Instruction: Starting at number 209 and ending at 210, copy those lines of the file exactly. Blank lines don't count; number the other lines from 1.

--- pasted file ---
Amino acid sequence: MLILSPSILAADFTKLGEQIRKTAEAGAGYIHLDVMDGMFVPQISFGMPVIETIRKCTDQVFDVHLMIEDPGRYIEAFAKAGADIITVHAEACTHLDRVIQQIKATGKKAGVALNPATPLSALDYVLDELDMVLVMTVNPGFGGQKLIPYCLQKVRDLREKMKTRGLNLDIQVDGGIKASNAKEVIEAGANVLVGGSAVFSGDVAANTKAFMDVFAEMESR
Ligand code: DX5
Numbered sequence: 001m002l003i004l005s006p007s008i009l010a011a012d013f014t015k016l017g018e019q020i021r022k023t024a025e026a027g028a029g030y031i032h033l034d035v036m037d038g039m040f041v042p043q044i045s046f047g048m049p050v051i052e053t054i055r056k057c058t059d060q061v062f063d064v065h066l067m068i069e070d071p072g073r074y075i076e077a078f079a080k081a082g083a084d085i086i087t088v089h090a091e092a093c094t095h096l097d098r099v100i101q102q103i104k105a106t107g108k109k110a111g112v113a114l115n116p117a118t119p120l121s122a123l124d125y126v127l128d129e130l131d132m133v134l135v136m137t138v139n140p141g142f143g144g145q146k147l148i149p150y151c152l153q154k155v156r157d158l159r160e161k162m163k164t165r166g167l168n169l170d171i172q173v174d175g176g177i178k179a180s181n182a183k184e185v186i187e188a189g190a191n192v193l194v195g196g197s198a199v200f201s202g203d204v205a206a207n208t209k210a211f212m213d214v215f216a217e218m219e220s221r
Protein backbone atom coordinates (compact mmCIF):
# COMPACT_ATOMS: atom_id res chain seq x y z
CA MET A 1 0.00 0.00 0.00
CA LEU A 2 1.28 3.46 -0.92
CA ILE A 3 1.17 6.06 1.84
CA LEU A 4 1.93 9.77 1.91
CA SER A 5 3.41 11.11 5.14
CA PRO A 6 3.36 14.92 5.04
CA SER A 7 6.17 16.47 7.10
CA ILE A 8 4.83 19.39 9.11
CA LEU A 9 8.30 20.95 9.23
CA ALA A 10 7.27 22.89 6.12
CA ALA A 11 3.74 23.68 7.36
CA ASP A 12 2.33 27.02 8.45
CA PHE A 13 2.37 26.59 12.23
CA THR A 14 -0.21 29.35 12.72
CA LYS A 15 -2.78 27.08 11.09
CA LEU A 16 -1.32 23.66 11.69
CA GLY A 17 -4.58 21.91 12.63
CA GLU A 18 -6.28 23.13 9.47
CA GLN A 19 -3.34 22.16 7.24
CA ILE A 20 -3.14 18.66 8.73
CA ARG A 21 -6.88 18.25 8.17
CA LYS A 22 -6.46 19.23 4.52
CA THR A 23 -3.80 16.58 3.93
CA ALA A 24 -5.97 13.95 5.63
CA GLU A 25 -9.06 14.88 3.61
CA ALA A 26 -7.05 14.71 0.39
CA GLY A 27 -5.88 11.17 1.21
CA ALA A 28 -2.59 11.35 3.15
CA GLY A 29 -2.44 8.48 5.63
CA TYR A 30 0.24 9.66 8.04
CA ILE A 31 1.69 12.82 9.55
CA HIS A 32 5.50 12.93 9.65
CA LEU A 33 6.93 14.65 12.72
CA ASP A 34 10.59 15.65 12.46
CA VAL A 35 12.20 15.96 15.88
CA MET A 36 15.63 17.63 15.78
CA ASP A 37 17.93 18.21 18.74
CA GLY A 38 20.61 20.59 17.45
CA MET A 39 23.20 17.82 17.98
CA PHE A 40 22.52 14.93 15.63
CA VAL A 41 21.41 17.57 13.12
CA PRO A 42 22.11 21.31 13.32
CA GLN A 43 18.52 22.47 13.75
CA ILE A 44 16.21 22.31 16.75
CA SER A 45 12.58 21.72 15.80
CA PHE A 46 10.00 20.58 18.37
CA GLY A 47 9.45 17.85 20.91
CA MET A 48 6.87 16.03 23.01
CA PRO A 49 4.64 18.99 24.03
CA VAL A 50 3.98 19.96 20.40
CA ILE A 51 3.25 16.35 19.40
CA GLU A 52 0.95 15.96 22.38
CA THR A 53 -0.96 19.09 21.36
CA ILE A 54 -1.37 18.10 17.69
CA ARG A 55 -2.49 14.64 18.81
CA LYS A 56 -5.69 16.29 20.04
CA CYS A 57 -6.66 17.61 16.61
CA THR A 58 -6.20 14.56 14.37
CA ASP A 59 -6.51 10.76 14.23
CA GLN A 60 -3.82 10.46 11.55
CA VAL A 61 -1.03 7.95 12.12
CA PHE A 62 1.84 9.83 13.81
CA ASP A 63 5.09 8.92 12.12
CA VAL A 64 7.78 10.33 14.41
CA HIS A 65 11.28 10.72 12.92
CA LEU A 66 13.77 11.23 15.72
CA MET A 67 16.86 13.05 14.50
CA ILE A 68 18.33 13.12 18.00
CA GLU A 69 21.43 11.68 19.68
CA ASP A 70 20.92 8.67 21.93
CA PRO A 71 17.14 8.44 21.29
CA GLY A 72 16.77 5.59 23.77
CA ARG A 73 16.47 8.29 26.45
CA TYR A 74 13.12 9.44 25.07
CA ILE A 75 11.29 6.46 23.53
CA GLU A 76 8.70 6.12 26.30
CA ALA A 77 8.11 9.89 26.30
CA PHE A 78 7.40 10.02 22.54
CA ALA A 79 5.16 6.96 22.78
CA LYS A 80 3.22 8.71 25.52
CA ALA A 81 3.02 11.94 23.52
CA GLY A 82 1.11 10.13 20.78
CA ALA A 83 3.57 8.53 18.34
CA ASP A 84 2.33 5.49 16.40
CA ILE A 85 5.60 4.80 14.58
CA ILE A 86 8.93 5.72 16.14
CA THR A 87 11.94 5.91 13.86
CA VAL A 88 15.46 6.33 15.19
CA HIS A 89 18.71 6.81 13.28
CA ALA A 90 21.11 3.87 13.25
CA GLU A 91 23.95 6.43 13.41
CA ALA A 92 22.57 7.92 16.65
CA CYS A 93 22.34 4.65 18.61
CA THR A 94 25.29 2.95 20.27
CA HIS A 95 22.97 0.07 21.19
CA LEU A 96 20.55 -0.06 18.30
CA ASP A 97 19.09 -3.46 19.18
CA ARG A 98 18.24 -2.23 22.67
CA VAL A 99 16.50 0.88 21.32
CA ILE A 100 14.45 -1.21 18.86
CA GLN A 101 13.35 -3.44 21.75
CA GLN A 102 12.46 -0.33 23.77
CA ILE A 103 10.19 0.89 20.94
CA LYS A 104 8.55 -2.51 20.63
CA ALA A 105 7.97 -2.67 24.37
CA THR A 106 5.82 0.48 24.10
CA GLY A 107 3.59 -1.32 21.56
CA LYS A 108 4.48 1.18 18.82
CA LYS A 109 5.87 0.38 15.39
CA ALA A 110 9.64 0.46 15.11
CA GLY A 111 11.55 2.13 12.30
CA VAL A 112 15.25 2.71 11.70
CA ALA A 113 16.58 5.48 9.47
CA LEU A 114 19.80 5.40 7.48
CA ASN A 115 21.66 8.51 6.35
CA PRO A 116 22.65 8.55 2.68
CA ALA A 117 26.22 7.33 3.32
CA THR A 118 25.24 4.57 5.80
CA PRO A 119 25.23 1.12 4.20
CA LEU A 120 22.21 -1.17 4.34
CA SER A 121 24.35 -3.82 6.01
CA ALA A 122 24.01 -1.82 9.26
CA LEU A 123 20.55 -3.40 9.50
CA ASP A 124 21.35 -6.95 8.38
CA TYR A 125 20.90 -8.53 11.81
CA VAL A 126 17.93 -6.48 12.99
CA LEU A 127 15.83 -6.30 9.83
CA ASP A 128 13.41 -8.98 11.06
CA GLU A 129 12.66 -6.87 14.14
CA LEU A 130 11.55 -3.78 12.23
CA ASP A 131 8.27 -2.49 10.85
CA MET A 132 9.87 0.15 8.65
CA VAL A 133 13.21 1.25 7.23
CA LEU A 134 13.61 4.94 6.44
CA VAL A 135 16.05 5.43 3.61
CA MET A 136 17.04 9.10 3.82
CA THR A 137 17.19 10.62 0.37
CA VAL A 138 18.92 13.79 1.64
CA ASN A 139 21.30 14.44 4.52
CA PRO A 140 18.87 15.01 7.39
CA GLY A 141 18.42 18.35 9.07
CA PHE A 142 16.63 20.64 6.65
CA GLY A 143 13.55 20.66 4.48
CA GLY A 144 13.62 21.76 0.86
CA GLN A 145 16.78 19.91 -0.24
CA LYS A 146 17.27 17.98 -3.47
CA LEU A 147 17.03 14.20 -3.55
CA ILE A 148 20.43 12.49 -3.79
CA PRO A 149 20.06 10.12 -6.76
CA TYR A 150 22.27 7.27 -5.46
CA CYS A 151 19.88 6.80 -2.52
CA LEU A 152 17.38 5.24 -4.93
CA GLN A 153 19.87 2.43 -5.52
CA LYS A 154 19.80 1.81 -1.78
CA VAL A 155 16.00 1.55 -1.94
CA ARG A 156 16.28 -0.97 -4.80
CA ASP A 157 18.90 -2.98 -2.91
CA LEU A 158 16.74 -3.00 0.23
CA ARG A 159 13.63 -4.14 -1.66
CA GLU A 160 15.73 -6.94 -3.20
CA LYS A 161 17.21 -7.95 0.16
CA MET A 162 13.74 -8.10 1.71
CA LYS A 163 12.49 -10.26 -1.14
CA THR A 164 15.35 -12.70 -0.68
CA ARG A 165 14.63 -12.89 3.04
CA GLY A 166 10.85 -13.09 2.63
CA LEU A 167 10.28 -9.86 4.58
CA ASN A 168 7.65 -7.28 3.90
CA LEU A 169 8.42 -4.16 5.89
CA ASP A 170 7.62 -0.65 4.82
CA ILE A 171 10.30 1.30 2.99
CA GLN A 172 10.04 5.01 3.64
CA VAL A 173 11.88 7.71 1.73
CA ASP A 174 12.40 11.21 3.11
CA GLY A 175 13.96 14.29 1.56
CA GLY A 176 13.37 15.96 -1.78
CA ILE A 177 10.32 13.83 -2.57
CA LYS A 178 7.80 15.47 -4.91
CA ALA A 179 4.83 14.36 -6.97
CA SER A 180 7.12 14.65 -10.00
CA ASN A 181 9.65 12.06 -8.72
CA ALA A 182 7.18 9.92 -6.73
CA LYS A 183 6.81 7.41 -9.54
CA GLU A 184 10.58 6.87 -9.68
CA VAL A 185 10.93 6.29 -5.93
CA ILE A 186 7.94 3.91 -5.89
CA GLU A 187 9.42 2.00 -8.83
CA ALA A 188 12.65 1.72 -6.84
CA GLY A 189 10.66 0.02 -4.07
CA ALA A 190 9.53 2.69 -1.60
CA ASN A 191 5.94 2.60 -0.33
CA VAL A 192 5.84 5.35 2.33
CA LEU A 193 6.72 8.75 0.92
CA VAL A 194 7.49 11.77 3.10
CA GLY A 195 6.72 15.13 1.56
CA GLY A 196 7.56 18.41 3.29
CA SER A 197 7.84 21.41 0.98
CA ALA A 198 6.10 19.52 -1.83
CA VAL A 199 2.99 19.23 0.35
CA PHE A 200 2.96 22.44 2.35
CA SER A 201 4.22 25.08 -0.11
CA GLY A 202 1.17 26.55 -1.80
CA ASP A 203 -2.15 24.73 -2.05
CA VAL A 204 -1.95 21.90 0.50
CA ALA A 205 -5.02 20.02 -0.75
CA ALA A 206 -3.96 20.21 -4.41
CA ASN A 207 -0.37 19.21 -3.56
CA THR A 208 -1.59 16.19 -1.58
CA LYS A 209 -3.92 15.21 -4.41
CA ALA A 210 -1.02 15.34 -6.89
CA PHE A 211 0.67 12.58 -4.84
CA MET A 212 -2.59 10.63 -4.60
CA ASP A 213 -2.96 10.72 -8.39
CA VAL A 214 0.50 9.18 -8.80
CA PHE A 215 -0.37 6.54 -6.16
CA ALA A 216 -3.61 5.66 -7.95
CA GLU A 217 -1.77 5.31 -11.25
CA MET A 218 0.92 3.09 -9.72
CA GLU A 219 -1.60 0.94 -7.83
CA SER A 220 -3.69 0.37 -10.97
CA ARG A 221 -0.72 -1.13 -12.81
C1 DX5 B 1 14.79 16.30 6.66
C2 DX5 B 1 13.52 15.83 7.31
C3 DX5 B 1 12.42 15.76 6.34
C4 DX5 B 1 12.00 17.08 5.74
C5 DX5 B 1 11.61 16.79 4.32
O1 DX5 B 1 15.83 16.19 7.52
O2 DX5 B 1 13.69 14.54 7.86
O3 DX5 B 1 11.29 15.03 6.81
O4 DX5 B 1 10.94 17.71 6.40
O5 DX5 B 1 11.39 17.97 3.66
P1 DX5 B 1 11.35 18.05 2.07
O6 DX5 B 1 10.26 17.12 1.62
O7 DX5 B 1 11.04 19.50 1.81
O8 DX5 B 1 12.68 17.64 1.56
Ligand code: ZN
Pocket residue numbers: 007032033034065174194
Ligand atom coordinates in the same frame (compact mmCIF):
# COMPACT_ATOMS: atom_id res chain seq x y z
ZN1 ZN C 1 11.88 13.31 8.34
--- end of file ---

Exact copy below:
CA VAL A 204 -1.95 21.90 0.50
CA ALA A 205 -5.02 20.02 -0.75